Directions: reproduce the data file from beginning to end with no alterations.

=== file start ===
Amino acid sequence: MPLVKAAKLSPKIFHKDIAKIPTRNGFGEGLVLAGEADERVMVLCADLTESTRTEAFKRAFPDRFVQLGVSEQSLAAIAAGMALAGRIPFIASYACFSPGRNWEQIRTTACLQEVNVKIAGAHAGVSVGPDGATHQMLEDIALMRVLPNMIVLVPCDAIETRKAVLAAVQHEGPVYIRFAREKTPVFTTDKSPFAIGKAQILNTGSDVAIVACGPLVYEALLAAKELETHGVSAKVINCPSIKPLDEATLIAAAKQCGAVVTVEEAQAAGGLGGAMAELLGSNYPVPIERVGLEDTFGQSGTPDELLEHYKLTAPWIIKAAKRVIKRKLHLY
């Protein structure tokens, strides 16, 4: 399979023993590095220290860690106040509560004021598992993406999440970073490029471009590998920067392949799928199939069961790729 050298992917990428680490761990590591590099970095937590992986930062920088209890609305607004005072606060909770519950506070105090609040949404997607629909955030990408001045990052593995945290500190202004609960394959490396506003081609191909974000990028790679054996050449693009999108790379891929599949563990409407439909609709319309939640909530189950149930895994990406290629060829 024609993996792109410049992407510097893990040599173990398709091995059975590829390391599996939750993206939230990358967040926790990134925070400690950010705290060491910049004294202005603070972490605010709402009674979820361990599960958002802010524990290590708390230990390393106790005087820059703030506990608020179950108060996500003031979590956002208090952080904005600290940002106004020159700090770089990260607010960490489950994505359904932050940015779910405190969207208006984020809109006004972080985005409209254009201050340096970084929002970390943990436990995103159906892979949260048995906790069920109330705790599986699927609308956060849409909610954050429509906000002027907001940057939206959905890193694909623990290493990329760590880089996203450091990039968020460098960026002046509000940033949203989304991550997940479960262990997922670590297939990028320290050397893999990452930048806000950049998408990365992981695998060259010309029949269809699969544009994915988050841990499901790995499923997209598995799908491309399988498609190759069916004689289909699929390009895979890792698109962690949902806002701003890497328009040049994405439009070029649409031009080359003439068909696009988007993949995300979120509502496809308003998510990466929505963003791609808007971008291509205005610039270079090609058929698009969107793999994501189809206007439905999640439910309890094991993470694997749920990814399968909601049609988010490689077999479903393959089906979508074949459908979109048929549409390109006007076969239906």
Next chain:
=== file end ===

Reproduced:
Amino acid sequence: MPLVKAAKLSPKIFHKDIAKIPTRNGFGEGLVLAGEADERVMVLCADLTESTRTEAFKRAFPDRFVQLGVSEQSLAAIAAGMALAGRIPFIASYACFSPGRNWEQIRTTACLQEVNVKIAGAHAGVSVGPDGATHQMLEDIALMRVLPNMIVLVPCDAIETRKAVLAAVQHEGPVYIRFAREKTPVFTTDKSPFAIGKAQILNTGSDVAIVACGPLVYEALLAAKELETHGVSAKVINCPSIKPLDEATLIAAAKQCGAVVTVEEAQAAGGLGGAMAELLGSNYPVPIERVGLEDTFGQSGTPDELLEHYKLTAPWIIKAAKRVIKRKLHLY
């Protein structure tokens, strides 16, 4: 399979023993590095220290860690106040509560004021598992993406999440970073490029471009590998920067392949799928199939069961790729 050298992917990428680490761990590591590099970095937590992986930062920088209890609305607004005072606060909770519950506070105090609040949404997607629909955030990408001045990052593995945290500190202004609960394959490396506003081609191909974000990028790679054996050449693009999108790379891929599949563990409407439909609709319309939640909530189950149930895994990406290629060829 024609993996792109410049992407510097893990040599173990398709091995059975590829390391599996939750993206939230990358967040926790990134925070400690950010705290060491910049004294202005603070972490605010709402009674979820361990599960958002802010524990290590708390230990390393106790005087820059703030506990608020179950108060996500003031979590956002208090952080904005600290940002106004020159700090770089990260607010960490489950994505359904932050940015779910405190969207208006984020809109006004972080985005409209254009201050340096970084929002970390943990436990995103159906892979949260048995906790069920109330705790599986699927609308956060849409909610954050429509906000002027907001940057939206959905890193694909623990290493990329760590880089996203450091990039968020460098960026002046509000940033949203989304991550997940479960262990997922670590297939990028320290050397893999990452930048806000950049998408990365992981695998060259010309029949269809699969544009994915988050841990499901790995499923997209598995799908491309399988498609190759069916004689289909699929390009895979890792698109962690949902806002701003890497328009040049994405439009070029649409031009080359003439068909696009988007993949995300979120509502496809308003998510990466929505963003791609808007971008291509205005610039270079090609058929698009969107793999994501189809206007439905999640439910309890094991993470694997749920990814399968909601049609988010490689077999479903393959089906979508074949459908979109048929549409390109006007076969239906």
Next chain: